Takeaway.com

I’ll make no apologies for starting with Takeaway.com, because it was one of my top performers in 2018. Food marketplaces like these are mostly winner-takes-all, or winner-takes-most, depending on the region. I tend to have the view it’s the former, which, post the sale of Germany in late December, has almost played out across Europe. The margins, returns and cash flow that are generated in these markets, once won, are significant. The Netherlands, for example, makes a 53% earnings before interest, taxes, depreciation and amortization (EBITDA) margin, and they still only have 27% market share.

However, in totality, Takeaway will only turn a profit at the EBITDA level for the first time in 2019, so this isn’t an investment for one year – it’s for the next 5–10. There has been a massive structural shift in eating habits, driven by time, convenience and the breadth of restaurants, which has grown with delivery.

Whilst this shift is happening, the graph might be helpful to illustrate how we managed the weight within the portfolio. I had the opportunity to build the weight up to over 4% in what was a misunderstood sector through 2017 and early 2018. After a brief pullback in early 2018, the share price soared to nearly €70 and the valuation became extended. As you can see, I reduced the position size before the sharp correction. Maybe you’re asking why I didn’t sell it all? A fair question, but I believe in the longterm fundamentals; I’m not a trader, and we saw significant upside, especially in Germany. While the correction therefore might have been fair as the market got ahead of itself on the growth over the longer term, this is a business that I believe can double (conservatively).
 
In December, Takeaway announced an agreement to buy the German assets from Delivery Hero (the other food delivery business I own in the funds) and the share price rose 30% – this is a very accretive deal in terms of short-term cash burn and longer-term margin potential, highlighting the value still on offer.
Takeaway.com share price


 
Source: BMO Global Asset Management as at 31 December 2018.

Takeaway is up about 100% since I initiated the position, including the recent sell-off. I don’t, therefore, look at the business and see a shift in the fundamentals – this is all about the short-term view of the market, whatever that is.
 

Delivery Hero

Delivery Hero’s underperformance was a function of poor timing on my part. I like these business models and after several meetings with them since their initial public offering (IPO), I became more comfortable with the strategy and profit path.

Approximately 80% of Delivery Hero’s gross market value comes from countries where they are the market leader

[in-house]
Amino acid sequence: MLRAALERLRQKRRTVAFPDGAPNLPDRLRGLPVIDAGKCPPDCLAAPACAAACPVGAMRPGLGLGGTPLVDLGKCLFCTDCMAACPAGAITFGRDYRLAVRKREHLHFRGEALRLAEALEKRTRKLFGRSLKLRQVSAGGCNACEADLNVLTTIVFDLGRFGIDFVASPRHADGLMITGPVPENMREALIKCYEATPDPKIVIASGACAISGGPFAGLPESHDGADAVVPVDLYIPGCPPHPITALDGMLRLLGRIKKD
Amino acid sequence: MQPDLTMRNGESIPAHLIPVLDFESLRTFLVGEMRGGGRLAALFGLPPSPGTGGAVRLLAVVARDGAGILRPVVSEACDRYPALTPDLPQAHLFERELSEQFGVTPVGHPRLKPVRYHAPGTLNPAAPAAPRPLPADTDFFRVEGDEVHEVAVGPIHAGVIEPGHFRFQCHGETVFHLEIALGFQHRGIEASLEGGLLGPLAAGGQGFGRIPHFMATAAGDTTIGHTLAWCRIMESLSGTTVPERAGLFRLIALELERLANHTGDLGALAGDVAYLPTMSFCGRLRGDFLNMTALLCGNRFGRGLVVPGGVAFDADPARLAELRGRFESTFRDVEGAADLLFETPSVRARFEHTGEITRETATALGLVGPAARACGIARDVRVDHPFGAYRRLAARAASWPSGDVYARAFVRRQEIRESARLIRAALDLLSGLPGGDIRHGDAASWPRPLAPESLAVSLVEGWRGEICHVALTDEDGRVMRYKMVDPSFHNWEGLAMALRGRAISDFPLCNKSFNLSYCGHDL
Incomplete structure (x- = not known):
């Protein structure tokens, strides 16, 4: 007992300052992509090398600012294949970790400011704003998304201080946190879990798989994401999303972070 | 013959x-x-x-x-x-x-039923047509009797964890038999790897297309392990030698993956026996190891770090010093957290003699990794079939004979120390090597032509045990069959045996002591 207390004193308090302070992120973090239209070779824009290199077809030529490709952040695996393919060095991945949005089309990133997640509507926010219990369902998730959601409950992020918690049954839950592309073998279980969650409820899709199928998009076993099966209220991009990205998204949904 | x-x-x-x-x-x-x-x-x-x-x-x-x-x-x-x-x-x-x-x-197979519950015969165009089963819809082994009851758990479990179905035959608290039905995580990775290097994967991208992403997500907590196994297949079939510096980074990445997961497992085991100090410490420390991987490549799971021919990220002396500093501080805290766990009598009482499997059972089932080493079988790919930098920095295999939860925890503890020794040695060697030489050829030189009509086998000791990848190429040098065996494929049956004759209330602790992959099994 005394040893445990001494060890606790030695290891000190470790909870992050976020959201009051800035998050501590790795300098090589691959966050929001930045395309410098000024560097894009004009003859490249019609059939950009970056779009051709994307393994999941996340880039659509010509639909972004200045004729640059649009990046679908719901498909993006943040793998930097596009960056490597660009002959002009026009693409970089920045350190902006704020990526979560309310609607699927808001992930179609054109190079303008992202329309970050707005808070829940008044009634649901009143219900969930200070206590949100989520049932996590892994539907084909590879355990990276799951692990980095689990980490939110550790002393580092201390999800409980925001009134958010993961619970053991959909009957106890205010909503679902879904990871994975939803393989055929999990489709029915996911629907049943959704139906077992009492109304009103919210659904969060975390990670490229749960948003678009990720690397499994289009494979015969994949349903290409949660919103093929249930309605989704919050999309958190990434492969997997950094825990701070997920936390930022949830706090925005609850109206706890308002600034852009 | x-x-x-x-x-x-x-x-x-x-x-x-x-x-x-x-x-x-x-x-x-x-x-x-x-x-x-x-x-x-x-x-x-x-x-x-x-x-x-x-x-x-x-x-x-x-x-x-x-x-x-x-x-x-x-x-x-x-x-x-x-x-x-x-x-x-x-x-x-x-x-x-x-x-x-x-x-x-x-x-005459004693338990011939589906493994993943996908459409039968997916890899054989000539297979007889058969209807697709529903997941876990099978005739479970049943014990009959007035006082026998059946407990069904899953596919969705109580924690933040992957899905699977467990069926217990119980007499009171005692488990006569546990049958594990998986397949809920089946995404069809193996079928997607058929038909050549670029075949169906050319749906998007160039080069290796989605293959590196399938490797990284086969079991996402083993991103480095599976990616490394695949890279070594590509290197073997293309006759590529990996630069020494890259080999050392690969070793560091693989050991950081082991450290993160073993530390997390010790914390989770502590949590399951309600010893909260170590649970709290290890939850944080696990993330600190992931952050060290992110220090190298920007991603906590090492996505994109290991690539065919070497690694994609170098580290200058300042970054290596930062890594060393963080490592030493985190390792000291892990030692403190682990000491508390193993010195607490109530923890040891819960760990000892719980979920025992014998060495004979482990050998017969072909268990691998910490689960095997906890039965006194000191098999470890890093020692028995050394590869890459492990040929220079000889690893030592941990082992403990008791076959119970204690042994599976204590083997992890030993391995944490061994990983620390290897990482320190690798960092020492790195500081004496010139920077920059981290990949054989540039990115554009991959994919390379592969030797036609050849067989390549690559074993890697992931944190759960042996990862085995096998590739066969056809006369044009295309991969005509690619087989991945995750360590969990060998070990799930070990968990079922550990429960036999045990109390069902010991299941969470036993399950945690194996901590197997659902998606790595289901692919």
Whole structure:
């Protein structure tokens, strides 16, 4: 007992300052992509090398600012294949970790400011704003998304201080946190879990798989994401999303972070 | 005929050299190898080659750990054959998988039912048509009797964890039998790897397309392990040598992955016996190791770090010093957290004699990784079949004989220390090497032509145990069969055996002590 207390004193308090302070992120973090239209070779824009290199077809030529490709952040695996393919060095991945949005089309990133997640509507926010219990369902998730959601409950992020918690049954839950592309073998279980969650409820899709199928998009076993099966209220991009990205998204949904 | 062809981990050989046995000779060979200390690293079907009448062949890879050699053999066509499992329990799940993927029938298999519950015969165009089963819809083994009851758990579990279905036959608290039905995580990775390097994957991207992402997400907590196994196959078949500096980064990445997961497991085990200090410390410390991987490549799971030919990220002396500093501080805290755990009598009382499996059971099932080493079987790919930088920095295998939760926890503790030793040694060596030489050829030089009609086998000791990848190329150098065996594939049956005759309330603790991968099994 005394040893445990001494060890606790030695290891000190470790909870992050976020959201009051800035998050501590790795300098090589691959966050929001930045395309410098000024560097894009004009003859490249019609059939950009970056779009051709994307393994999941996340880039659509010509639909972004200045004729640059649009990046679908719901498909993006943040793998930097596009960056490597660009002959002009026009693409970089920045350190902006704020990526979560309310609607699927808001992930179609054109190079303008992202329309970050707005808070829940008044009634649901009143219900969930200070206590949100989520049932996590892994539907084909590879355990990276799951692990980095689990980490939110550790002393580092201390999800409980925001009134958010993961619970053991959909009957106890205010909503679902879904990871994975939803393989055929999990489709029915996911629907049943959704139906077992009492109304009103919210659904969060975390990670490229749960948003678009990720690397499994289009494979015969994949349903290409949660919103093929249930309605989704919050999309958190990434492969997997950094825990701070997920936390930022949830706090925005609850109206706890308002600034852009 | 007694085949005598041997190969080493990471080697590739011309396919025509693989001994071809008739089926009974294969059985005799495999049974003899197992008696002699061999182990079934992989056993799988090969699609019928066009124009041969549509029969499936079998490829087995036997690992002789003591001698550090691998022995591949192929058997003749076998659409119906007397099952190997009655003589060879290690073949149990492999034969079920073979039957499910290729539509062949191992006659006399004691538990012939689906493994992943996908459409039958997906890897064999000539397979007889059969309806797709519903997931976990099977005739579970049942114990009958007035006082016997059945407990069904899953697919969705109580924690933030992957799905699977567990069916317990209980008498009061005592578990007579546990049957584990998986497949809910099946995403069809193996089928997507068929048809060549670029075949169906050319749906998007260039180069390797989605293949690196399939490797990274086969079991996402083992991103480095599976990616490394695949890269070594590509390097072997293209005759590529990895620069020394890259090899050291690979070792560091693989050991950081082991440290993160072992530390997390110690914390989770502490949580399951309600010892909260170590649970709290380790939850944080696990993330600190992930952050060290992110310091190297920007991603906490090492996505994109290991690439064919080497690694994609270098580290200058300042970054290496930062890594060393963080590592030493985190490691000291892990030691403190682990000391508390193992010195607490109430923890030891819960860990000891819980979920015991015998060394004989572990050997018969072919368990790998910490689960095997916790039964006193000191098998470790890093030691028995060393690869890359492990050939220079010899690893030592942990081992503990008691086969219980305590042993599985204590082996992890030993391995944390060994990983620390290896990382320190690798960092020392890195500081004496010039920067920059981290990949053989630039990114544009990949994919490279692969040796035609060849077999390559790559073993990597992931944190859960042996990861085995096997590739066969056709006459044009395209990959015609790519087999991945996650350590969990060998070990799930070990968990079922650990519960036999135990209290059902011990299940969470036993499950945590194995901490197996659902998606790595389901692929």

Delivery Hero SE as at 21 December 2018 

 

Having made the initial purchase at €45, I’m nursing a bit of a bloody nose, but post the sale of Germany (a smart, strategic move), I see this as a great opportunity at an attractive valuation. They have a significant net cash balance sheet and are investing heavily through 2019 to enhance their market dominance, which is already reaping rewards in new customers. They are the market leader in 33 of their 41 markets, where it is exceptionally challenging to displace the incumbent given customer loyalty to the market-leading platform. Whilst timing was not clever, I see great value today and have been building my position of late given the long-term returns I see on offer.

Zalando 

The other poor performer this year is Zalando, which has been hit by several one-off factors, including a weaker backdrop, longer summer (deferred sales), heavy discounting by peers and some stock-specific issues around returns and fulfilment costs. ASOS, another online peer, also had issues and from reading the rhetoric, the market has completely lost faith in the longer-term margin potential of these businesses. The analysts are extrapolating a drag from the increased investment in distribution and their partner programme far into the future, with no operational leverage from the benefits these will bring. Maybe they are right, but Zalando isn’t far off its IPO price of €21.50 set back in 2014, which I see as anomalous, given what
they have delivered:

Source: BMO Global Asset Management as at 31 December 2018.

Outlook

I don’t do forecasts, so I won’t suggest what the short term will bring. But I do know you don’t make money by following the herd. I’m not advocating jumping headlong into these names and I’m certainly not calling a floor. I’m saying that I see good long-term value in businesses with a competitive advantage. I’ve therefore been incrementally adding to these names where I see a disconnect with the fundamentals – only time will tell if the market sees what we do.